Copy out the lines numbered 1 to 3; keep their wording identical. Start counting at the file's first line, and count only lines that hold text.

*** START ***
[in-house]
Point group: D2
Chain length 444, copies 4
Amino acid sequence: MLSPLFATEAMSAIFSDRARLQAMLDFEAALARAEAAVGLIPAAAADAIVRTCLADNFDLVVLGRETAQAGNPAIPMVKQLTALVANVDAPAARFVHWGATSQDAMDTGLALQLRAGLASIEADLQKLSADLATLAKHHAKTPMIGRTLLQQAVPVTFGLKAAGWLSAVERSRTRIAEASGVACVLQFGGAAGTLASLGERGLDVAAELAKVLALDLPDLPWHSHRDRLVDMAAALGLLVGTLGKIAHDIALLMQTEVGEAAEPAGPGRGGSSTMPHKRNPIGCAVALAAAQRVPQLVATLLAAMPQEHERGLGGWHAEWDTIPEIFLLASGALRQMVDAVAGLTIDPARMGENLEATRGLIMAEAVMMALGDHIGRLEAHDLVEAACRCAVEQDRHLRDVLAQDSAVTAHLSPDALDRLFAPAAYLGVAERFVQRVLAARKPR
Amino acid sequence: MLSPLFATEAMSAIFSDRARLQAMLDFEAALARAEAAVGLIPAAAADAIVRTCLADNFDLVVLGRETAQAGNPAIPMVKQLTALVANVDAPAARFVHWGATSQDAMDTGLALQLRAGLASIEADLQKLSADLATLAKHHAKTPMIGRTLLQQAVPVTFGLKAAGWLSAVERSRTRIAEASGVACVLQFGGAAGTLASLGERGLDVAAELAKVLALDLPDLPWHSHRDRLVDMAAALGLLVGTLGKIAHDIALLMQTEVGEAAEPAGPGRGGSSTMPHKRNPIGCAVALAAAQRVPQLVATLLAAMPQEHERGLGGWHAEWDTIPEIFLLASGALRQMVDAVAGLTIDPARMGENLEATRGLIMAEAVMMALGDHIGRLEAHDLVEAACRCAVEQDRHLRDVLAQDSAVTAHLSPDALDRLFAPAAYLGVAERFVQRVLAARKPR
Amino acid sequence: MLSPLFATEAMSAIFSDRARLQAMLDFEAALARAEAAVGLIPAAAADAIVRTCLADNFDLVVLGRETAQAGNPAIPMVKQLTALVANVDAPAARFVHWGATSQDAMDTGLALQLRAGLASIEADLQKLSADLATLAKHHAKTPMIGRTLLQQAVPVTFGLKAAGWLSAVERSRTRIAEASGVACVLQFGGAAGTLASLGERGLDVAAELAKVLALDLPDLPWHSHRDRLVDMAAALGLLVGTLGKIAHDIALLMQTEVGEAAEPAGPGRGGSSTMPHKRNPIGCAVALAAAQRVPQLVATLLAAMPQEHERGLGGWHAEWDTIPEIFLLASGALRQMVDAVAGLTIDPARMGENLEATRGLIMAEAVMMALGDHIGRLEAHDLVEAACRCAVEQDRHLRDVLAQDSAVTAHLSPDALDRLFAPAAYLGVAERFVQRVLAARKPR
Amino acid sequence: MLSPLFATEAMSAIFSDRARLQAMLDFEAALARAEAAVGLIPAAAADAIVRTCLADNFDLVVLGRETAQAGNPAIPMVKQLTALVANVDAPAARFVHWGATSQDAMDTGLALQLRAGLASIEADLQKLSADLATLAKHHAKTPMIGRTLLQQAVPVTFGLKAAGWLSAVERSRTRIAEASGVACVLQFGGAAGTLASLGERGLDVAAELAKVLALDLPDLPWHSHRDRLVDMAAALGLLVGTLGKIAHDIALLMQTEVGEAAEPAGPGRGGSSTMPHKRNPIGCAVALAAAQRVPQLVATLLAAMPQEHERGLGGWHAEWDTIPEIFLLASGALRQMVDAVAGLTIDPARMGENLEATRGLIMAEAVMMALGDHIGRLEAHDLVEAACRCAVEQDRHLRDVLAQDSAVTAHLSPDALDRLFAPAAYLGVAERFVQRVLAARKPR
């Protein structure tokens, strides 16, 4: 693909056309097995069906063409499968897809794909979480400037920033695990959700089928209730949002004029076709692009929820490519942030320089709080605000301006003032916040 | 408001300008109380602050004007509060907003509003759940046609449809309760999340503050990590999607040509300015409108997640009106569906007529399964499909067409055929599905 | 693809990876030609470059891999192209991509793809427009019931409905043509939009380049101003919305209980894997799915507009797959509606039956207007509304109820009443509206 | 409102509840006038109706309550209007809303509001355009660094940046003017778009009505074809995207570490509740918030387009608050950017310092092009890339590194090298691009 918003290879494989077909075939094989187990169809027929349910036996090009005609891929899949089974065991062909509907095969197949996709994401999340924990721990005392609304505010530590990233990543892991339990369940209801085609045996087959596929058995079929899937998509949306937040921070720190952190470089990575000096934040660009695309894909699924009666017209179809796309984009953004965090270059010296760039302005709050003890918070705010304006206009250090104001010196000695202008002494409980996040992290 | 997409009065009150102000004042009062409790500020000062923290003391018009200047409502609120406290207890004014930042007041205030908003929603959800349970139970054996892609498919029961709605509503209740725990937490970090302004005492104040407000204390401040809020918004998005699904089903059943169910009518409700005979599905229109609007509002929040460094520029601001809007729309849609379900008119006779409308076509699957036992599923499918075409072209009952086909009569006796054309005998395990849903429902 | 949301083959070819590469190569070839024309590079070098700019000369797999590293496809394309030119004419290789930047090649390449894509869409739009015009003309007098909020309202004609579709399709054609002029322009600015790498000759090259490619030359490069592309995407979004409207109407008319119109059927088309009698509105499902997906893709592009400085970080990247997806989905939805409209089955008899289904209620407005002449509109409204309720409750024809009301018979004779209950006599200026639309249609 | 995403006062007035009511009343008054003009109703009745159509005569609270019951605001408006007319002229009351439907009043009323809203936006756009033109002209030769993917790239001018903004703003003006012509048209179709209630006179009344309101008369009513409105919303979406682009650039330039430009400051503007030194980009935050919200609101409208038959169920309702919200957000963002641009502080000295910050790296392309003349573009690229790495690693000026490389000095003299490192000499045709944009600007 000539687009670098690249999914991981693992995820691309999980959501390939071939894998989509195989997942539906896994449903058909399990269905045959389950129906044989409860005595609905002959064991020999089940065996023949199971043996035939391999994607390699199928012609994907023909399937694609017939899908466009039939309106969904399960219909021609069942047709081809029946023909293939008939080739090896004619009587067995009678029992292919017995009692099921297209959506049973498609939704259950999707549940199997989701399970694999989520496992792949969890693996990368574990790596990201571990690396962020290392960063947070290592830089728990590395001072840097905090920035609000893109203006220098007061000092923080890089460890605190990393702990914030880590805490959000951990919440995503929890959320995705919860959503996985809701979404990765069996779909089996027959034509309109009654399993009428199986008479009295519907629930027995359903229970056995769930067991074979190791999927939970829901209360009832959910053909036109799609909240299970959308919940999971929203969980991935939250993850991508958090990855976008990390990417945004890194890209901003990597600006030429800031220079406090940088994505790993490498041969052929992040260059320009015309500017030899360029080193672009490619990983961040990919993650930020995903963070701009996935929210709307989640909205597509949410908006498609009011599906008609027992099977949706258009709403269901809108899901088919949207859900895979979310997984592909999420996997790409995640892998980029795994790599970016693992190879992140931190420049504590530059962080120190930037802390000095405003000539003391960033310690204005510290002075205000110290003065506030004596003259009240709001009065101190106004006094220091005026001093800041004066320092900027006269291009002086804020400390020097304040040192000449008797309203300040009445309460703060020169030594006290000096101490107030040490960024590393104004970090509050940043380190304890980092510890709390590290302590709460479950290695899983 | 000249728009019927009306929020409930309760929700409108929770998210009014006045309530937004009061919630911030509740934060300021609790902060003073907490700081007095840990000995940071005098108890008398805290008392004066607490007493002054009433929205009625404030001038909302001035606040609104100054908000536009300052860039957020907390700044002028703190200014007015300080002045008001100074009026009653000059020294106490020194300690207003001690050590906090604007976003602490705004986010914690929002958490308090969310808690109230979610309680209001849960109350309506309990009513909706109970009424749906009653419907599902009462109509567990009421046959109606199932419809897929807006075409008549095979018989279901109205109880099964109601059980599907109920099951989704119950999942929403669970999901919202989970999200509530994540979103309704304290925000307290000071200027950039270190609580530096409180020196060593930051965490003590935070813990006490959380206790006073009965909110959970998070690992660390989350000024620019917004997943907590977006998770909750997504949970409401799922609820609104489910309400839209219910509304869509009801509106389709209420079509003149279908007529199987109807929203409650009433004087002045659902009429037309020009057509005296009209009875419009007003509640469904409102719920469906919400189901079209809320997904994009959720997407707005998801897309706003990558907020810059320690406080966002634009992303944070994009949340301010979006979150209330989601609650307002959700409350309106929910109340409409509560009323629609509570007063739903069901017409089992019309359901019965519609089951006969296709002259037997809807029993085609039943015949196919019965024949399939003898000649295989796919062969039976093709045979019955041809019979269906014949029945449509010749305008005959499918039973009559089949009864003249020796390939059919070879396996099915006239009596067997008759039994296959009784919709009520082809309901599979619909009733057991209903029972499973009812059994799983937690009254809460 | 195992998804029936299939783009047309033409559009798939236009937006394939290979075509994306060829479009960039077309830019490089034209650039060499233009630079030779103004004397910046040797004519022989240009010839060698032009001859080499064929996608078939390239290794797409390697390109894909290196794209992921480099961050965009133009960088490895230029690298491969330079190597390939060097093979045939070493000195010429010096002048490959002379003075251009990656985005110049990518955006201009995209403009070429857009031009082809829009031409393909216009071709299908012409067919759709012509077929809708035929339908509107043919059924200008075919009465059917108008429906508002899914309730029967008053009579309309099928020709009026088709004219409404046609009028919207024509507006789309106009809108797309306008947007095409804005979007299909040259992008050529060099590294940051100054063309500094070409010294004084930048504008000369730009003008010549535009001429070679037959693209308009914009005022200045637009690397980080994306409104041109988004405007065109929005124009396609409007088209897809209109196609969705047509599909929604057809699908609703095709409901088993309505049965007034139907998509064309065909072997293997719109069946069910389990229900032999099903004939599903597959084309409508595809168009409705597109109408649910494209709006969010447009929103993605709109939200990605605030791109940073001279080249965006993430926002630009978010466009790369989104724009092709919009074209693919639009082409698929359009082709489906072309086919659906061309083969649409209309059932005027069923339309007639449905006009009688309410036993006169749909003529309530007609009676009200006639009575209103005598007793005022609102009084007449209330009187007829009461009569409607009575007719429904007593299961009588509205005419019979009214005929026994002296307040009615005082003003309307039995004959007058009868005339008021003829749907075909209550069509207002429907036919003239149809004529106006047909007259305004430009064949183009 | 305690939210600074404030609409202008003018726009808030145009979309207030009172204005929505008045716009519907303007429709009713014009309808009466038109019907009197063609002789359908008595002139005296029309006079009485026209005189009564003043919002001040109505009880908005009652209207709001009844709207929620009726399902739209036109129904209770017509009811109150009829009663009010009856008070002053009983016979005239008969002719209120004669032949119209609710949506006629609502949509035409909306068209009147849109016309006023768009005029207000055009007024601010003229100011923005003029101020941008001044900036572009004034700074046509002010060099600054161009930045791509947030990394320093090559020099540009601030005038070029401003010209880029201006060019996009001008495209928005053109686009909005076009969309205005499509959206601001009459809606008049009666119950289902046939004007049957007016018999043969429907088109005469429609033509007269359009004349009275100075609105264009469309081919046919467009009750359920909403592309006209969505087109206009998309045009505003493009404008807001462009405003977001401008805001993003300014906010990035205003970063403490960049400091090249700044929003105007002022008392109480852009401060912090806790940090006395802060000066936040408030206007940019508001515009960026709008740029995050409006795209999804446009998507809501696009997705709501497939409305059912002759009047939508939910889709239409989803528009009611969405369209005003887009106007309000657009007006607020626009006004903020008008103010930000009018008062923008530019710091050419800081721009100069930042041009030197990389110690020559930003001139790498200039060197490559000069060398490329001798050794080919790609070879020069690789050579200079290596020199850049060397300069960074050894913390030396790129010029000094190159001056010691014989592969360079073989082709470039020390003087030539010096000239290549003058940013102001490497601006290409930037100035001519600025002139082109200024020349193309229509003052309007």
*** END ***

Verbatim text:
[in-house]
Point group: D2
Chain length 444, copies 4